You do not have fewer legal rights to be protected from crime if the perpetrator is someone you know. There are civil and criminal remedies available to help you protect yourself.
If you do not wish to report to the police, you can ask a civil court to grant an injunction to protect you or your children, or to ensure you can stay safely in your property. These avoid criminal recourse, unless the perpetrator breaches the civil order, at which point you can report the breach to the police.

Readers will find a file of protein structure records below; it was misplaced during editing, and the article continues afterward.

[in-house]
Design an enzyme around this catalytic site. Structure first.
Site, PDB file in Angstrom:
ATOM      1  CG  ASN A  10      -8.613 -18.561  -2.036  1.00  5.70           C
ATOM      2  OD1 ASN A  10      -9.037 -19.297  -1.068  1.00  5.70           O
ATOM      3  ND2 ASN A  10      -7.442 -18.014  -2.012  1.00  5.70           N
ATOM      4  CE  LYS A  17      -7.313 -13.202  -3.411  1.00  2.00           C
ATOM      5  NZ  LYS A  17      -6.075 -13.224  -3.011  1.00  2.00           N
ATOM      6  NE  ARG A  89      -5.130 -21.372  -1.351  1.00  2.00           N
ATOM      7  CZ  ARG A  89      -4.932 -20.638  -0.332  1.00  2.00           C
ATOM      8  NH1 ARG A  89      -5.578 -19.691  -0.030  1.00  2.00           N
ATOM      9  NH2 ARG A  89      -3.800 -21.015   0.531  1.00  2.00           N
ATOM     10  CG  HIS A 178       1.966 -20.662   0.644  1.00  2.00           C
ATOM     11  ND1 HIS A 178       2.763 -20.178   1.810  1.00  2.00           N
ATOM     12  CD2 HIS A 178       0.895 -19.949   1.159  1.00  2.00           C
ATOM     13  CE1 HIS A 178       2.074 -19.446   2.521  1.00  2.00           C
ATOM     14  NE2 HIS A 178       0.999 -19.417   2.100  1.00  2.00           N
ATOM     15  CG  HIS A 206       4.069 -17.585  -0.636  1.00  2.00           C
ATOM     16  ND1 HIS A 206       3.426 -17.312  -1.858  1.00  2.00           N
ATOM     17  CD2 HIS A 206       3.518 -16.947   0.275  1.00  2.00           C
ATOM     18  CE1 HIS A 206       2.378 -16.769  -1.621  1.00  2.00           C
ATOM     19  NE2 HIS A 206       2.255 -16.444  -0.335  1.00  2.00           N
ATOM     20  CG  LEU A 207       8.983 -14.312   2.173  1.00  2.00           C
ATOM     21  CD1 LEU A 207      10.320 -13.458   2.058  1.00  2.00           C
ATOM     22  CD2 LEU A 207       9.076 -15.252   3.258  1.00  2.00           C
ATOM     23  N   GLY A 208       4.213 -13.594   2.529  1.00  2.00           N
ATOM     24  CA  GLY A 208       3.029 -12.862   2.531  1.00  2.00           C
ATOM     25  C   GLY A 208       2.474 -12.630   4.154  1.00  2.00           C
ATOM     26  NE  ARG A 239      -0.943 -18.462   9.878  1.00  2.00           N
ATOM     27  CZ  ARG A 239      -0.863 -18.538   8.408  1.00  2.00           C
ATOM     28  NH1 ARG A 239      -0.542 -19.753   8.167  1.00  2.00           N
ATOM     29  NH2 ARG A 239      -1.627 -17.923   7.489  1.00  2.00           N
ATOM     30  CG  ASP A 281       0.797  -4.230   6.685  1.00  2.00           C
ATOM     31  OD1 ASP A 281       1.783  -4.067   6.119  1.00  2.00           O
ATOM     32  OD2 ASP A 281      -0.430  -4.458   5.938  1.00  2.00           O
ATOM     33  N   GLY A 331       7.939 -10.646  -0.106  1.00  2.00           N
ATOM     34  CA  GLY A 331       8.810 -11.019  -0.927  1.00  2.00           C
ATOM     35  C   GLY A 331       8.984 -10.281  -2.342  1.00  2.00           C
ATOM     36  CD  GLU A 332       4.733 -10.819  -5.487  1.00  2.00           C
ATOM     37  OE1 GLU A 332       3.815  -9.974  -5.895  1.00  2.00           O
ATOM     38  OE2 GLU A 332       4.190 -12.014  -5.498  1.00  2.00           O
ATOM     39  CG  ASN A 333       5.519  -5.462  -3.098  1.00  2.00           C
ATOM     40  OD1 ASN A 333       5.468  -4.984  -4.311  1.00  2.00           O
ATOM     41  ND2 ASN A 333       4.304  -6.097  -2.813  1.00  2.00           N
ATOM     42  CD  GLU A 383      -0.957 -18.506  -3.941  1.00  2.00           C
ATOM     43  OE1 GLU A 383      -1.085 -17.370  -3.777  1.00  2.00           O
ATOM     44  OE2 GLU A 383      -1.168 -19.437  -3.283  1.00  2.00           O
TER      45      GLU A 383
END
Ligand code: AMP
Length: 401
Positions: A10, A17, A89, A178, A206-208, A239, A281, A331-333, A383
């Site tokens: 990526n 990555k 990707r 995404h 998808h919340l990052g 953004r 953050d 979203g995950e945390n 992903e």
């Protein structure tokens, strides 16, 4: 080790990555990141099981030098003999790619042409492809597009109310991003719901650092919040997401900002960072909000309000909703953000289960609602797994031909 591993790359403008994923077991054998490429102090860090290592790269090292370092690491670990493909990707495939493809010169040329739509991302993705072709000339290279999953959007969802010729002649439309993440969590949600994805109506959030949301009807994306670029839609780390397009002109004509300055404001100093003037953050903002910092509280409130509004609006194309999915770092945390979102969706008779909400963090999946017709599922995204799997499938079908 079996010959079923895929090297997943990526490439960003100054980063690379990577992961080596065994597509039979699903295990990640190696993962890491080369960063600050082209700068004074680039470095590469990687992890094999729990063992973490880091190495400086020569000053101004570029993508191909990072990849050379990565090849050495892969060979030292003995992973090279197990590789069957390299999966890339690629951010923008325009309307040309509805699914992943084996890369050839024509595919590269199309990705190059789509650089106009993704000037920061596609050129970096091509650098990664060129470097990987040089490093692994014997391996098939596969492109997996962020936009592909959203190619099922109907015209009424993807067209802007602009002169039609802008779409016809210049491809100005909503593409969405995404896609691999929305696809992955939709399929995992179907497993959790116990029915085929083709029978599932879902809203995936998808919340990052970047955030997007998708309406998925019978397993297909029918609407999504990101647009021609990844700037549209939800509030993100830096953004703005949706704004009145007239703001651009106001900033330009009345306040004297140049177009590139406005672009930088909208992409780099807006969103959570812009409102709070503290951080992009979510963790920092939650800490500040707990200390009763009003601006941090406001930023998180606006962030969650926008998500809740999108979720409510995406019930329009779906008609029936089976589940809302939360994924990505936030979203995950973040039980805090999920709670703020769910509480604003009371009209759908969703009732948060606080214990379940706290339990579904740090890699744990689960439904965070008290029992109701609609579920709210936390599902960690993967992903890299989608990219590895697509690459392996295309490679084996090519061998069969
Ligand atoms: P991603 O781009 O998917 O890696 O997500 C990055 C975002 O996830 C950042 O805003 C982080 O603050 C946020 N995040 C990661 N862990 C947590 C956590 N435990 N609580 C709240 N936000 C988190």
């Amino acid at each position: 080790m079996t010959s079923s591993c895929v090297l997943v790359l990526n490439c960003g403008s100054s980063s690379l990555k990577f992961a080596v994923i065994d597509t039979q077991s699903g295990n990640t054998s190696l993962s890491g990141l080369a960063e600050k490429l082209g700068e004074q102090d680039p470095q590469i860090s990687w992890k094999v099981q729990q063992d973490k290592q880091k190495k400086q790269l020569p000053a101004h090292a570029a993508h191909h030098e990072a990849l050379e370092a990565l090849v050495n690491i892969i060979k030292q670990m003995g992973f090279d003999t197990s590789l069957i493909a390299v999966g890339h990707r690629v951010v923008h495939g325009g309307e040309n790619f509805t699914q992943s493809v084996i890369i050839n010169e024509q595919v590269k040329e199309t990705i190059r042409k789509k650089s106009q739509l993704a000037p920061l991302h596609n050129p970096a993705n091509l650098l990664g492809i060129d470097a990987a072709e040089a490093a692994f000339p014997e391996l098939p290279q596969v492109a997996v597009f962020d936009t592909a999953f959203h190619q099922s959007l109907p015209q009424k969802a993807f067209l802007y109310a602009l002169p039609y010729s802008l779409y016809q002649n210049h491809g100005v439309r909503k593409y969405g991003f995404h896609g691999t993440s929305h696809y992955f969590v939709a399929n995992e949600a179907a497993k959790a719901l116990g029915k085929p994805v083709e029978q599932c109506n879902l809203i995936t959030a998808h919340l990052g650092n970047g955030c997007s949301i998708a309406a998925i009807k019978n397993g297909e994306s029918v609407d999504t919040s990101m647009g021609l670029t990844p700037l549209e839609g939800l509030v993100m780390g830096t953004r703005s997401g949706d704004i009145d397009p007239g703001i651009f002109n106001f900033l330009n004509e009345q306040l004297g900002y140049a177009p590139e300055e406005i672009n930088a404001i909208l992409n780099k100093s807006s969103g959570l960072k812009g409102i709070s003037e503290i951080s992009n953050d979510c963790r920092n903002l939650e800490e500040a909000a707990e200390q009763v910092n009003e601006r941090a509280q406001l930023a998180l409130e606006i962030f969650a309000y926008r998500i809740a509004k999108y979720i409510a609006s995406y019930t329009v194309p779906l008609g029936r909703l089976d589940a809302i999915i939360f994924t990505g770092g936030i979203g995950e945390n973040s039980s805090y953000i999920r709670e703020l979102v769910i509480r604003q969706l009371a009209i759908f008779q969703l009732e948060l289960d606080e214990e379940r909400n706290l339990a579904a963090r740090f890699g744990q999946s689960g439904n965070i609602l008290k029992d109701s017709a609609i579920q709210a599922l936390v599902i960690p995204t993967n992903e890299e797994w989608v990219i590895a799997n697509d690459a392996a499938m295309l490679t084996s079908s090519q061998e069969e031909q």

The criminal process begins when you report the abuse to the police. They investigate, gather evidence, and present it to the Crown Prosecution Service to establish whether it will be heard in court.
Under the new domestic abuse bill, your local council has a duty to help you access safe accommodation. Under Part 7 of the Housing Act, if it is not reasonable for you to continue to occupy your home due to domestic abuse, the local housing authority has a duty to provide you with certain services. More information can be found here.
Domestic abuse attempts to strip people of their human rights. As a minimum, regardless of your relationship, you are entitled to the rights detailed here.